Either way, it’s a brilliant watch and you should check it out. Maybe right after you’ve watched Metallica: Some Kind of Monster (see below).

Daft Punk: Unchained

A fascinating retrospective as to how two friends shared a mutual love walking around in space suits and shiny helmets... whilst also becoming one of the biggest musical acts in the world!

Watching it, the viewer gets a real sense of Daft Punk as individuals, particularly with regards to their ambition, drive and their nuanced ideas as to how to make this mad idea work.

And of course, the music is outstanding.

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What Happened, Miss Simone?

This movie asks a question that I’m not sure it answers. Make no mistake, there is a distinct ambiguity to the title, depending on how the poser in question is delivered: What Happened, Miss Simone?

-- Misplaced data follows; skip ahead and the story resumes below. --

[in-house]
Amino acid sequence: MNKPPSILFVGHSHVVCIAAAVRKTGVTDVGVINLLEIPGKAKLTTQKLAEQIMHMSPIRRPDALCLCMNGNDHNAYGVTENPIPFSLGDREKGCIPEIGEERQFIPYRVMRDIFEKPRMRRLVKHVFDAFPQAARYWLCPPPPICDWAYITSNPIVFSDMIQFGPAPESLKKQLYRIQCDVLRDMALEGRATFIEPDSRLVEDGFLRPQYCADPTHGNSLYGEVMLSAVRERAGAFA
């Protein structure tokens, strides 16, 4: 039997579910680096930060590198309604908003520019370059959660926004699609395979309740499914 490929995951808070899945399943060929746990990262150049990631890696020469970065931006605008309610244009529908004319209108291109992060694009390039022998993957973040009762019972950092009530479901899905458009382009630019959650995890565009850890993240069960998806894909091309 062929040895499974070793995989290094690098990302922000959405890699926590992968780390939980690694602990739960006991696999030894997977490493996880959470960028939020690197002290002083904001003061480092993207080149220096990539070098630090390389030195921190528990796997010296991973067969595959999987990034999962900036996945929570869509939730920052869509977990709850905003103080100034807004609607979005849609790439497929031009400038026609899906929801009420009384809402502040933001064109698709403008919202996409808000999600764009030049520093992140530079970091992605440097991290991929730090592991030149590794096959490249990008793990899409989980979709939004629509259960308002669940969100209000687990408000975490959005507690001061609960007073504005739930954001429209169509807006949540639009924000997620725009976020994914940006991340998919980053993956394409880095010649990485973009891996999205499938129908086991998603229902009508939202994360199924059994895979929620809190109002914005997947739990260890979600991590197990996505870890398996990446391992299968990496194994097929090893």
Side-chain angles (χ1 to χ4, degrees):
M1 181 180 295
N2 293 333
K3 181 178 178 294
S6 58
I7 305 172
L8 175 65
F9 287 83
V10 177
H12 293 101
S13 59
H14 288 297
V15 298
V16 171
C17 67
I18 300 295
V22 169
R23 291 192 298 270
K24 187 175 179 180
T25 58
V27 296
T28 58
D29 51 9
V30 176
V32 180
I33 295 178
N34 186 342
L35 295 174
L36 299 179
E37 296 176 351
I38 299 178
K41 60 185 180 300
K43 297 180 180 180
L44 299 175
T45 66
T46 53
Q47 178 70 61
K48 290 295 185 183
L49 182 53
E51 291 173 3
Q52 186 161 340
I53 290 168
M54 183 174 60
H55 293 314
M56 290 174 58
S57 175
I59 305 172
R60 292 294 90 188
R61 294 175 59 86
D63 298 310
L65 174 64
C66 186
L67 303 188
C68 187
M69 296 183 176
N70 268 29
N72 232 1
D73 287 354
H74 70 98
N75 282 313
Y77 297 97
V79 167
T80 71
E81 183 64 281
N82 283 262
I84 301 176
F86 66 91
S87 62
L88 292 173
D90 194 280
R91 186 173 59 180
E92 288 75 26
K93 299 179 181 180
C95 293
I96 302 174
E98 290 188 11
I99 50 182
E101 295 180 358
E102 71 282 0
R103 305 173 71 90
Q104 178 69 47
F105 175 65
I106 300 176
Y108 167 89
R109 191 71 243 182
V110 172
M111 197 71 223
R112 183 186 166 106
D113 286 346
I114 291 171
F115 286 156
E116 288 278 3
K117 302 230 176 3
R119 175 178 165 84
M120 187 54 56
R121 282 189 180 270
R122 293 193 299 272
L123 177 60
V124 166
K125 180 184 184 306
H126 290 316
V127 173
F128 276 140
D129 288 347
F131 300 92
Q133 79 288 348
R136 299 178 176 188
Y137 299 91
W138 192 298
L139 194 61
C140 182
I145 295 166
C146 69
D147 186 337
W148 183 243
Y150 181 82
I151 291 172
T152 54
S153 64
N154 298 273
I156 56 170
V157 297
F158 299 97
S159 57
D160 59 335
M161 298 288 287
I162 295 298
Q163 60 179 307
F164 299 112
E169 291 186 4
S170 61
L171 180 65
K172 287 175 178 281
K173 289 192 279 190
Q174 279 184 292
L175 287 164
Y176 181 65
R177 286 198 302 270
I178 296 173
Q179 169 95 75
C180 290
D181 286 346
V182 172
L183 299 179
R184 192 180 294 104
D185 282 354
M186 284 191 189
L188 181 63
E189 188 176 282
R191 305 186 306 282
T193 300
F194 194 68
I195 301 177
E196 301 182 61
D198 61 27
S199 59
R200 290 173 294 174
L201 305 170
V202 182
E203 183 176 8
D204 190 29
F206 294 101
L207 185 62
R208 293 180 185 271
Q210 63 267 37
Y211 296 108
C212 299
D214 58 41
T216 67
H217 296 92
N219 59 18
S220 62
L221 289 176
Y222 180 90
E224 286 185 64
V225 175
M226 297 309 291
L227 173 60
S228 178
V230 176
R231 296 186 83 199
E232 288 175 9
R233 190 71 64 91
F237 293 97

When you watch this, you’ll know what I mean. And watch it you must, as it’s important that Nina Simone’s legacy is maintained. A spokesperson for her generation, she was a trained classical pianist, an incredible musician and singer, who excelled at using the stage to promote her own revolution.

But nobody was speaking for her when the show ended, and here is where the tragedy lies.

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Metallica: Some Kind of Monster

If Spinal Tap did a Behind The Music episode, this might be it! The documentary satirising the mockumentary, how Postmodern! It’s easy to laugh at Metallica... Without trivialising some of the more serious moments in the documentary - such as James Hetfield’s addiction problems - it really is an uproariously funny portrayal of a group of middle aged lads, rich and famous beyond their wildest dreams, trying to reconcile this with their image as Angry Rock Gods, whilst in pursuit of relevance as they record their new album.

Watch it alone for Lars Ulrich’s reaction as his very expensive collection of art makes him a ton of money at auction.

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Tom Petty and the Heartbreakers: Runnin’ Down a Dream